Tips 3: Hit the ball as high as possible
It is important to hit the ball as high above your head as possible to get the best possible acceleration from your smash or kicksmash. The more leverage you have, the more force will end up behind the ball, and for that, you need your arm to be stretched out properly.
Tips 4: Hit the ball between 11 and 12
If you’re right-handed, you want to hit the ball a little to the left of your body to put good spin on it. If you hit the ball straight in front of your body, it will be much more difficult to get the desired effect.
Tips 5: Hit over the ball with a little side spin
You want to put good spin on the ball to make it easier to knock the ball out of the cage, if the hit is too flat you can instead get a very high bounce off the back wall which can give your opponents the upper hand. Your goal should be to hit the ball on its upper side in the upper right corner, about 1-2 o’clock.
When should you use a flat smash versus a kicksmash?
Remember, variety is golden when it comes to your smashes. If you always use the same variation, it won’t be long before your opponents can read your game and get ahead of you. However, there are some good rules regarding when which variation is best suited to make it as difficult as possible to return your hit.
Make sure you have good communication with your partner, that they tell you how your opponents are moving so that you can make the right decisions while keeping your eyes focused on the ball.
Kicksmash when the opponent is far back
The kicksmash is the best option when your opponent is further back in the court, as it should bounce earlier it is a dangerous option if they are further forward as they may have time to block your shot.
Standard flatter smash when your opponent is further forward
If your opponents are further forward, a regular smash with a deeper bounce is preferable, preferably aimed at a side wall.
What to avoid when smashing
Avoid bouncing the ball too far back in your opponents’ half of the court when you do a kicksmash. It should bounce early so that it lands high on the back wall.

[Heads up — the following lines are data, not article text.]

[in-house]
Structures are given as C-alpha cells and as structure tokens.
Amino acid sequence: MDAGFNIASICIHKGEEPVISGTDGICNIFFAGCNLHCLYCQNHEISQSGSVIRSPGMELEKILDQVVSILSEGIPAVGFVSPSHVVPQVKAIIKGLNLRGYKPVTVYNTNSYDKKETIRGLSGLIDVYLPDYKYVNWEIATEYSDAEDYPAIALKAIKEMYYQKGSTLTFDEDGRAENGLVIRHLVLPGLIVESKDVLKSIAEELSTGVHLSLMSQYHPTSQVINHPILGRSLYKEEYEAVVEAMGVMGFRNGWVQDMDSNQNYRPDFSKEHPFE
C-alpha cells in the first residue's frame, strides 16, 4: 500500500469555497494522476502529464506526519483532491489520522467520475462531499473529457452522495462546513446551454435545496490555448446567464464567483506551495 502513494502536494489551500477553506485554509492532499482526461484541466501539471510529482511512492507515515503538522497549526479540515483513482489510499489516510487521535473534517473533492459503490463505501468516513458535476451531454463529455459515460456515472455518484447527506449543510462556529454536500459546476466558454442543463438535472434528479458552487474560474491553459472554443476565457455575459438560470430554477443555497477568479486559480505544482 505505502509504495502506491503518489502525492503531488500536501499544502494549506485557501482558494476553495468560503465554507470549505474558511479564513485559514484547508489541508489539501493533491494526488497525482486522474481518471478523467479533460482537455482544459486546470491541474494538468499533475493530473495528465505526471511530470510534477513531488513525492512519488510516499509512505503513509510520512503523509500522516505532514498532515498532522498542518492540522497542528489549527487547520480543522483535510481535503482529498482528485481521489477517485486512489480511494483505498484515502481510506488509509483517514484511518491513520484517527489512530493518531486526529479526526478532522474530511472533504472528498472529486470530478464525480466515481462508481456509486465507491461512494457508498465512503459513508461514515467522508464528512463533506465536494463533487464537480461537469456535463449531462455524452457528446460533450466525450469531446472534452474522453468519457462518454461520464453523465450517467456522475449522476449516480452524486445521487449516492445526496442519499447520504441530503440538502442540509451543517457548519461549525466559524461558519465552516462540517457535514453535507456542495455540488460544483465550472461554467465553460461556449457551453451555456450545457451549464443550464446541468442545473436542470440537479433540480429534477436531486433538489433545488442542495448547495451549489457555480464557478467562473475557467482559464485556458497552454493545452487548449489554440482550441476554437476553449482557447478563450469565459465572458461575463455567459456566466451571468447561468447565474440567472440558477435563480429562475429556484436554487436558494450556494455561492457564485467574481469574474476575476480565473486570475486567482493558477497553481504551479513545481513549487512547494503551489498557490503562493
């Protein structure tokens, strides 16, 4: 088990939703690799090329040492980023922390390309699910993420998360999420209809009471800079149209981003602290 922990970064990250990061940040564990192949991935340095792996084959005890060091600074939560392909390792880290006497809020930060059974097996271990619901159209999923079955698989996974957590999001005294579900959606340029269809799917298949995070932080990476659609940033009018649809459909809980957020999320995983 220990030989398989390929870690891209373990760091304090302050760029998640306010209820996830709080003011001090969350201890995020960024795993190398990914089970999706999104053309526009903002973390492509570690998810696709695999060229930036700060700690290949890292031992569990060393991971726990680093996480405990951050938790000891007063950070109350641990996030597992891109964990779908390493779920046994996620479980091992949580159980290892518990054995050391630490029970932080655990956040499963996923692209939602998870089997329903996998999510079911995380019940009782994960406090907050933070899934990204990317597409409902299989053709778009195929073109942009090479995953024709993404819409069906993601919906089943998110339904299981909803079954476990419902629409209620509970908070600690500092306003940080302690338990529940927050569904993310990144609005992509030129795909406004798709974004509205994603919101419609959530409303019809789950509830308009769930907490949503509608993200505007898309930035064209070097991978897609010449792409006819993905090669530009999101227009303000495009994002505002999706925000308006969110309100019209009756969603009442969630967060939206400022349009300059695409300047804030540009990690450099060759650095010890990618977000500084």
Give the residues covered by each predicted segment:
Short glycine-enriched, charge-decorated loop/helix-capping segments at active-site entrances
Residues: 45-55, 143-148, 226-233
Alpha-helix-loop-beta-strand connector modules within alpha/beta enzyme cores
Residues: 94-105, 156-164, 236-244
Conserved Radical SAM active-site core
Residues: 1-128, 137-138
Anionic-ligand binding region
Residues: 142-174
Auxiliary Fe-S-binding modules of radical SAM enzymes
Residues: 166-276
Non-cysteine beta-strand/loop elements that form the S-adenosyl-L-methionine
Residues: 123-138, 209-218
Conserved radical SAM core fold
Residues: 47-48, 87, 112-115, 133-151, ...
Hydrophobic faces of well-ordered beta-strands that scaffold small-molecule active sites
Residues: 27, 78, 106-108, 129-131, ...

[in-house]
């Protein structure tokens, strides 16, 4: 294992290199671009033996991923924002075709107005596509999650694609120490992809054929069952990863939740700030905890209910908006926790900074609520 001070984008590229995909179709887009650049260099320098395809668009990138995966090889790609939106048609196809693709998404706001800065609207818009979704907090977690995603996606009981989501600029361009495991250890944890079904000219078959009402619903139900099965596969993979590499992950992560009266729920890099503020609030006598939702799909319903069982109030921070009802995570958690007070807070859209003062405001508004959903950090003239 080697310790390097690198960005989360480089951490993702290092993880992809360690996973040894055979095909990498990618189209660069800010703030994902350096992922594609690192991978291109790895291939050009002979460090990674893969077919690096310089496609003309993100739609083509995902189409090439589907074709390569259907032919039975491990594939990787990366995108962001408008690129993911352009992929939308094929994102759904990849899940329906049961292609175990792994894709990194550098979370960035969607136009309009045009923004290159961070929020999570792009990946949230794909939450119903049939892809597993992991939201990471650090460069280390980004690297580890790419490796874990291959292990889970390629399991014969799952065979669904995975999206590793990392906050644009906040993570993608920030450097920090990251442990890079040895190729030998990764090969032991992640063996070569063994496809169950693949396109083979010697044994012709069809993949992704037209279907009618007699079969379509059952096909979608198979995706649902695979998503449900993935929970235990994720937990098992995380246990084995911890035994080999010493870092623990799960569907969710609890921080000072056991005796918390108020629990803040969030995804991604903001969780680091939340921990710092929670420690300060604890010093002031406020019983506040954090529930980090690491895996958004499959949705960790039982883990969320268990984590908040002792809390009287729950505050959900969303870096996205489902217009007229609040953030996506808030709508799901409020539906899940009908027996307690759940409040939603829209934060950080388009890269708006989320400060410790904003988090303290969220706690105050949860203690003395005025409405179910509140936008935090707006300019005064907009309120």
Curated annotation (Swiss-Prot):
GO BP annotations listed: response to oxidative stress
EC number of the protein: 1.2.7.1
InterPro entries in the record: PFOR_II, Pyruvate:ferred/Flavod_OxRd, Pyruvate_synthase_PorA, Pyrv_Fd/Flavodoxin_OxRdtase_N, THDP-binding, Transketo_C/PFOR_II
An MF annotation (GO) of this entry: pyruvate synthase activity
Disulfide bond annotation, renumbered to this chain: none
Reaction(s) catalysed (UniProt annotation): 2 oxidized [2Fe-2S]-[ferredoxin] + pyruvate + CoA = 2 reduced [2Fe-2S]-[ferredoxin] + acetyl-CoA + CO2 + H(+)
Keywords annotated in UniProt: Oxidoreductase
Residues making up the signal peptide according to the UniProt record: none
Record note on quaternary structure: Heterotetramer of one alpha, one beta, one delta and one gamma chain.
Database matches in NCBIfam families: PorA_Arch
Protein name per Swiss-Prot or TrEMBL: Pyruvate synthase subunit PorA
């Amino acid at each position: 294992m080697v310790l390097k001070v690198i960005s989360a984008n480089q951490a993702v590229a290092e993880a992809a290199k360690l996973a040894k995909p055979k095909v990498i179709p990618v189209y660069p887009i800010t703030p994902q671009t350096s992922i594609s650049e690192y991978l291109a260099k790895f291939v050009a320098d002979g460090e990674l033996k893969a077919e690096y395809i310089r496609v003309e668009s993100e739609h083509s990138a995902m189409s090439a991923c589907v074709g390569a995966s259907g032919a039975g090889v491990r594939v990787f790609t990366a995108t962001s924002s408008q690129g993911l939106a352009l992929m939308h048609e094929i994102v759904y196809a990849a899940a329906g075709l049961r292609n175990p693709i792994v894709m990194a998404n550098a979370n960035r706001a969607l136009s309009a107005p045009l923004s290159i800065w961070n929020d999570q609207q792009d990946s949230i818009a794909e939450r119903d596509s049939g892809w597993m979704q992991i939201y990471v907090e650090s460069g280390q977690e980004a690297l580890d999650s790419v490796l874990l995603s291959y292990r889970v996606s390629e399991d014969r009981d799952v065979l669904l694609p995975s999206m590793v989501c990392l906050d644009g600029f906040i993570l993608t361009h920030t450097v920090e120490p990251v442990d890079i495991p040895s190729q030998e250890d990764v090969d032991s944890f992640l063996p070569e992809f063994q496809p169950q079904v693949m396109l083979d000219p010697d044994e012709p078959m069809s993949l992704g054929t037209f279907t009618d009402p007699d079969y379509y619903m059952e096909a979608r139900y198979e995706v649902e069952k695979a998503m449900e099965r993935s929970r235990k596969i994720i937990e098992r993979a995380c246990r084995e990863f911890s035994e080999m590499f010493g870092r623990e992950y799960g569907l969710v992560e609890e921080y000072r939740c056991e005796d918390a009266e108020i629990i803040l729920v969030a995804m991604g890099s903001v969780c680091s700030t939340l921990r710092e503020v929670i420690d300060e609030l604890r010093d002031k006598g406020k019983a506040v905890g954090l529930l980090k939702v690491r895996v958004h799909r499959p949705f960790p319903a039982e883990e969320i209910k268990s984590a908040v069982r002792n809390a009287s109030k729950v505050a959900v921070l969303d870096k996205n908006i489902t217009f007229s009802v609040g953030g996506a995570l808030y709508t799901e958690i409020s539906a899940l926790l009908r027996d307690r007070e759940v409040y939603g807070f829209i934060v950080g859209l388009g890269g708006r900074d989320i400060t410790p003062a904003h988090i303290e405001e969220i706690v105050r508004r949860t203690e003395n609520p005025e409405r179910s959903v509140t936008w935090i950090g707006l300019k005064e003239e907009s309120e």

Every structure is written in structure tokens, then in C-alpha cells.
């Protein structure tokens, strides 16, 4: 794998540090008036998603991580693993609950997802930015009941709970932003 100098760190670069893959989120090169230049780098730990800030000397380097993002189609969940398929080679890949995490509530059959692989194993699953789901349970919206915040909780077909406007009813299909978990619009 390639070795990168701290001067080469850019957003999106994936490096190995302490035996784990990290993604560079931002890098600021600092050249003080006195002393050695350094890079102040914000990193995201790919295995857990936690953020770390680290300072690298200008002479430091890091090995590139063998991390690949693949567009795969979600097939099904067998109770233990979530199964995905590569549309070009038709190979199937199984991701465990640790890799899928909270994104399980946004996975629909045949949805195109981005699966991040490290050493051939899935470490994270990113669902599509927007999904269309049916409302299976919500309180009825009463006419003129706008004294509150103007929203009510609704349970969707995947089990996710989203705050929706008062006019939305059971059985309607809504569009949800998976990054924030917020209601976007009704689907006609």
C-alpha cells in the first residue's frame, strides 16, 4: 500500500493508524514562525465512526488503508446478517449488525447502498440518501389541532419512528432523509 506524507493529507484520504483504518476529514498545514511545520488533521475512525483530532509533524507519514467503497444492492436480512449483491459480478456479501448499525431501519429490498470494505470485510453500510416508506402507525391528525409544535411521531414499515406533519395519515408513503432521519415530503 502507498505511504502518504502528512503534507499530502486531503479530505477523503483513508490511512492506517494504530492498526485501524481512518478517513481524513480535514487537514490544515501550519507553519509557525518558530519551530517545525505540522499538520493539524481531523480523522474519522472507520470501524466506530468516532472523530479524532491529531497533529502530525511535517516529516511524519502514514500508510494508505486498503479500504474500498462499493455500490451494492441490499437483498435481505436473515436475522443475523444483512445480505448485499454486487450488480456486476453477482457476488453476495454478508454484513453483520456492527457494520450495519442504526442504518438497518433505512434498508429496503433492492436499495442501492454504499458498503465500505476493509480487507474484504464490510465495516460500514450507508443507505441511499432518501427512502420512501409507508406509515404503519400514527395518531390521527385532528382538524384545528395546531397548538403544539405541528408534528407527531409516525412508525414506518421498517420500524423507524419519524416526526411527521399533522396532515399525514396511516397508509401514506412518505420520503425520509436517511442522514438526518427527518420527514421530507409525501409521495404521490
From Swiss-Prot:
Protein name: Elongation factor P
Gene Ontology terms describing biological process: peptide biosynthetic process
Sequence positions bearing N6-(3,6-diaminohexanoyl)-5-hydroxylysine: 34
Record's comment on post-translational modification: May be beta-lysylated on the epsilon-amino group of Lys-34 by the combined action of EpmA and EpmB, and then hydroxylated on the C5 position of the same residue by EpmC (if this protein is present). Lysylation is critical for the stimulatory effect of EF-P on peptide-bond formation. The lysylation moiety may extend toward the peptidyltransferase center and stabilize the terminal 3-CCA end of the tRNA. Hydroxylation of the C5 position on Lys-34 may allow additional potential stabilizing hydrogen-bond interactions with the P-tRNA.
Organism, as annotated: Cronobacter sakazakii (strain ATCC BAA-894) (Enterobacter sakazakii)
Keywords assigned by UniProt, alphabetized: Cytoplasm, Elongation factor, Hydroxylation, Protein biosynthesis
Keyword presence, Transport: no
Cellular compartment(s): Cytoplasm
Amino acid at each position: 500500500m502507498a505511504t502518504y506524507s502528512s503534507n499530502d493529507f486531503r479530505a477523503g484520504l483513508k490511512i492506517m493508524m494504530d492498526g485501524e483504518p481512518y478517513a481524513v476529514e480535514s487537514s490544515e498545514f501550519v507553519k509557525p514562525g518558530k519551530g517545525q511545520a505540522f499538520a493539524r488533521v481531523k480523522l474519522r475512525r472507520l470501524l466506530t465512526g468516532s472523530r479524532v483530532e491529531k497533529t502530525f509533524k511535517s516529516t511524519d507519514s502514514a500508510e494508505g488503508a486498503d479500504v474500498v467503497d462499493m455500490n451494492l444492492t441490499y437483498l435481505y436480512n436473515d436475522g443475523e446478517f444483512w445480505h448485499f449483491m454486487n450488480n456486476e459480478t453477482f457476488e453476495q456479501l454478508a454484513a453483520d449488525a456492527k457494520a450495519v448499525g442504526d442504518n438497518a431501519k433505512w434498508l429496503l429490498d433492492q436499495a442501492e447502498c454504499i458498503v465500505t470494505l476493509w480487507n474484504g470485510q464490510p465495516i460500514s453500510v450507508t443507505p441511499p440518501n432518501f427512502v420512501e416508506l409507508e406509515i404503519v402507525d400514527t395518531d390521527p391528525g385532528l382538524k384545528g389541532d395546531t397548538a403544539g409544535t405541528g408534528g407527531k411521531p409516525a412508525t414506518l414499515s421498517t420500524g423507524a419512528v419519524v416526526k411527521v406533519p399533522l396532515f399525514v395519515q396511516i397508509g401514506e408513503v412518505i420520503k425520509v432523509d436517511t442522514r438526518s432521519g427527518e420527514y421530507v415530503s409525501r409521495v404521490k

Avoid hitting really hard when you are too far back in the court, or when your body is moving backward.
Avoid using just your arm to get the momentum of the smash – the power has to come from your legs and the whole rotation of your upper body, with the flick of your wrist as the finishing touch.
Avoid doing the same type of smash all the time, as your opponents will quickly see your pattern and be prepared. Don’t forget that it’s a good move to sometimes use a so-called fakesmash, which means that you charge just as if you were going for all you’re worth, but at the last moment you instead make a loose punch with good precision and placement. If you add this to your repertoire as well, the opposing team will never know what’s coming, and it will give you an extra element of surprise.
Late bounce at kicksmash
Avoid bouncing the ball too far back in your opponents’ half when you make a kicksmash. It should bounce early so that it lands high on the back wall.
Always hit hard
Avoid hitting really hard when you are too far back in the track, or when your body is going backwards.
Just hit with your arm
Avoid using just your arm to get the smash going – the power has to come from your legs and your whole upper body rotation, with the flick of the wrist as the finishing touch.
Vary your smashes
Avoid doing the same type of smash all the time, as your opponents will quickly see your pattern and be prepared.
Don’t forget that it is a good move to sometimes use a so-called fakesmash. This means that you charge just as if you were going for all you’re worth, but at the last moment you instead make a loose hit with good precision and placement.
If you add this to your repertoire as well, the opposing team will never know what’s coming, and it will give you an extra element of surprise.